My dissertation examines the characteristics of trauma narratives based on the Rwanda’s 1994 Genocide against the Tutsi and subsequent war. I am focusing primarily on unedited, direct narratives written by Rwandan survivors.
This study explores these questions:
- What are the characteristics of unedited, direct Rwandan trauma narratives?
- How can composition teachers and others help writers compose trauma narratives?
- What aspects of the study’s writing curriculum might transfer to other contexts and cultures?
- What is the experience like of bearing witness to traumatized writers for writing facilitators?
This dissertation is based on composition field research conducted in July 2009 in Rwanda; analysis of the narrative artifacts employs framing and narrative theories and possibly LIWC content analysis. Implications for composition instruction, human rights field work, and the construction of collective memory will be explored.
In summer 2011, I plan to return to Rwanda and conduct additional writing workshops with additional Rwandan demographic groups. I also want to partner with mental health researchers to conduct longitudinal research on the mental health aspects of this form of writing. And, if the Rwandan government is so inclined, I would very much like to help conduct some sort of national writing project.
If you are interested in collaboration, please send me an email:
email@example.com or firstname.lastname@example.org
Presentation at Feminisms and Rhetorics (Oct. 2009)
Panel Description: Technical communication scholars have argued for research that is “deeply concerned about issues of ideology and power” (Blyler, 1998, p. 39), they have urged us to “translate critique into ethical civic action” (Scott, Longo, and Wills, 2006, p. 15), and they have called for research committed to social action (Herndl and Nahrwold, 2000). Building on such scholarship, this panel presents research on topics considered personal rather than technical. In so doing, speakers attempt to create a disciplinary space that allows for more complex understandings of the boundaries between public, personal, and technical.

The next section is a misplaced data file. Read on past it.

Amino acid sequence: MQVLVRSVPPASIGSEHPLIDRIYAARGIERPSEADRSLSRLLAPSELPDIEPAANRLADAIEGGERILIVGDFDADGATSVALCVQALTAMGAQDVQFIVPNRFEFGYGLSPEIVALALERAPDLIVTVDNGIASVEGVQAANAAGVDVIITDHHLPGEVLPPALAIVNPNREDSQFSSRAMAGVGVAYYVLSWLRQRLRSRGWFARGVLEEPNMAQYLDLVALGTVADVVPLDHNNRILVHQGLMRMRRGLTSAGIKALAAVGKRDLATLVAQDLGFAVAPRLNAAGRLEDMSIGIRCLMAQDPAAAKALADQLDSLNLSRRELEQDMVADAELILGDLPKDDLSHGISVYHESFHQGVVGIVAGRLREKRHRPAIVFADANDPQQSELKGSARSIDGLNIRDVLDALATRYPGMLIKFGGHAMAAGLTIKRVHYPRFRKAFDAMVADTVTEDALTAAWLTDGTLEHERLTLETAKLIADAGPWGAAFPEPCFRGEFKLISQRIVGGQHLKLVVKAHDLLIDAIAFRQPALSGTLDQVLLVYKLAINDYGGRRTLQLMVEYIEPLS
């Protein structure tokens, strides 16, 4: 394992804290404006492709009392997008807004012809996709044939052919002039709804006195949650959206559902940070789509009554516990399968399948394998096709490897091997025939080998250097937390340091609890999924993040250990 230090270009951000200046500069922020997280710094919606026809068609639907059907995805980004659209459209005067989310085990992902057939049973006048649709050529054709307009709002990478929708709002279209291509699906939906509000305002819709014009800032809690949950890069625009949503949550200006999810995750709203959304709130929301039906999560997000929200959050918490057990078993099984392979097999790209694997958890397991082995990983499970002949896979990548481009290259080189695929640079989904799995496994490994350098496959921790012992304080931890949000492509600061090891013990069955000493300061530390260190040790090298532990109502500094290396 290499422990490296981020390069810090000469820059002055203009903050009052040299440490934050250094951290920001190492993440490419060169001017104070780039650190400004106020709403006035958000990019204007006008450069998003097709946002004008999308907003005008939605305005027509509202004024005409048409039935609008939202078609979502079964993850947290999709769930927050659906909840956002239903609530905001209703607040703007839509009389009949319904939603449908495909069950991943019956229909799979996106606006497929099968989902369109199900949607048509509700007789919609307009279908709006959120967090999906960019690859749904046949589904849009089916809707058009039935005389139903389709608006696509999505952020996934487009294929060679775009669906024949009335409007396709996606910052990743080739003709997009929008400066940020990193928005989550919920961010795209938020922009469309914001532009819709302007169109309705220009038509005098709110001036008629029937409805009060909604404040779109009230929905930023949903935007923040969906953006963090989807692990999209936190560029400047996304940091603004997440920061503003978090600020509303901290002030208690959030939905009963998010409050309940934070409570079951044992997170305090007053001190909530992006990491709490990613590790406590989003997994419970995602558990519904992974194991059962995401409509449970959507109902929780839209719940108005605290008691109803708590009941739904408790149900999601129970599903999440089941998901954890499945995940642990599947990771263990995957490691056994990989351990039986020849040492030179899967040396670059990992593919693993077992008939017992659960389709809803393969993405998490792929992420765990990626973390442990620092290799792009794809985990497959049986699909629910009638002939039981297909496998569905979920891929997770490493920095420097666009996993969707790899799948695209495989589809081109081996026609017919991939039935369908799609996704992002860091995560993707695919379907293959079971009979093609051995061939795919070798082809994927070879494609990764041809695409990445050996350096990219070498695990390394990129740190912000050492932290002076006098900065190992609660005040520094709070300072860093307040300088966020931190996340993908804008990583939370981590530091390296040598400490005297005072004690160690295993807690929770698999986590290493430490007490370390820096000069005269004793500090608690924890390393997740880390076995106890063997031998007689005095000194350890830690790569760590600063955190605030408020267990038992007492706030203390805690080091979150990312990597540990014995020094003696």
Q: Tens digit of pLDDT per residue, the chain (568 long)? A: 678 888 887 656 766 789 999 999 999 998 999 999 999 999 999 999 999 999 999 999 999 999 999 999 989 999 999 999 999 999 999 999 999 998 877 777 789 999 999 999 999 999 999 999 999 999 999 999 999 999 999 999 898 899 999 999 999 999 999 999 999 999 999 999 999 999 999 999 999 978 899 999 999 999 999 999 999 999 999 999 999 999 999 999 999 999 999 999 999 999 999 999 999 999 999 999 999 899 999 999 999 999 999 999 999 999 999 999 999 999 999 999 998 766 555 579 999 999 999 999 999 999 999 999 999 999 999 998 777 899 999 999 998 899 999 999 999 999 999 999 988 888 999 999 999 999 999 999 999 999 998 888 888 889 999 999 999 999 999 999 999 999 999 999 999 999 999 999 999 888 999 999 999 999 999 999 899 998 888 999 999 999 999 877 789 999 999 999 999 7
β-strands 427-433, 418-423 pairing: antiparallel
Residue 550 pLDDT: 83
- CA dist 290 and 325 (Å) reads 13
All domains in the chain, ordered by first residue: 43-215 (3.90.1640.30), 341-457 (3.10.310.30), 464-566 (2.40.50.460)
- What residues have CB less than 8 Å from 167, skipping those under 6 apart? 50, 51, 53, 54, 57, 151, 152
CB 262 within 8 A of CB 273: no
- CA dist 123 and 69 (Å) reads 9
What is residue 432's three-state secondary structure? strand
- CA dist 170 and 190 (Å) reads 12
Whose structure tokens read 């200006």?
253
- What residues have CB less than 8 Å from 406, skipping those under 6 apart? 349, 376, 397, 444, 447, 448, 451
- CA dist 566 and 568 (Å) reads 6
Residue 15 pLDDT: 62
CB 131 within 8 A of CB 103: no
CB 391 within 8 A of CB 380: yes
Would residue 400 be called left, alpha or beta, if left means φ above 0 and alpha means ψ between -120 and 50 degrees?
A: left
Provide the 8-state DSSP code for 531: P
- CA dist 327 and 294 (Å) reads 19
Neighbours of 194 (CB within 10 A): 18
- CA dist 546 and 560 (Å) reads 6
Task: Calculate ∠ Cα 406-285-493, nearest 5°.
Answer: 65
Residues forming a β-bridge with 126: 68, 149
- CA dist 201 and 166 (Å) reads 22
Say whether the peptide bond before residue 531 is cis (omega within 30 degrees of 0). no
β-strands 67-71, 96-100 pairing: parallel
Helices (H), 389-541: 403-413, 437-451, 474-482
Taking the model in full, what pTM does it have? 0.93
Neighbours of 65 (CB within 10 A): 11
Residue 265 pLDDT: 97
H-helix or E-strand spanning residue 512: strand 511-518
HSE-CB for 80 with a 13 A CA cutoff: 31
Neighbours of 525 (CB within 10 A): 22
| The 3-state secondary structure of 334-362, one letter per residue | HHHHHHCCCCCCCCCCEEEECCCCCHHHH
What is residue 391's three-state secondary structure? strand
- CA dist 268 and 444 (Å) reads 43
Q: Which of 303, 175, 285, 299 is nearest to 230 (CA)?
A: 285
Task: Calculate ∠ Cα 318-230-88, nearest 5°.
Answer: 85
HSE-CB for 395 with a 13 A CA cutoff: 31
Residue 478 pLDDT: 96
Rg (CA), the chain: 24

Jen Osborne (panelist) presents a rhetorical analysis of Rwandan women’s trauma narratives from the 1994 Rwandan Tutsi Genocide. Written in July 2009, these narratives are based on “the restorative power of truth-telling” and can become public, even “political and judicial” documents (Herman, 1997, p. 181) for global communities who work for gender equity and social justice. Technical communicators and compositionists have the expertise to witness these personal acts of testimony and to negotiate their significance within broader, public contexts of medical rhetoric, public policy, and collective memory. These complex intersections of gender, language, communication processes, and trauma redefine public and personal, academic and activism.
Blyler, N. (1998). Taking a Political Turn: The Critical Perspective and Research in Professional Communication. Technical Communication Quarterly, 7(1), 33-52.
Herman, J. L. (1992). Trauma and Recovery: The Aftermath of Violence—From Domestic Abuse to Political Terror. New York: Basic.
Herndl, C. G., & Nahrworld, C. A. (2000). Research as social practice. Written Communication, 17(2), 258-296.
Scott, J. B., Longo, B., & Wills, K. (2006). Why cultural studies?: Expanding technical communication’s critical toolbox. In J. B. Scott, B. Longo & K. Wills (Eds.), Critical Power Tools: Technical Communication and Cultural Studies (pp. 1-19). New York, NY: State University of New York Press.
Presentation at Texas Tech May Seminar for Online Technical Communication & Rhetoric students and faculty (May 2009)
A videotaped recording of one of my presentations and Q&A sessions (~20 minutes)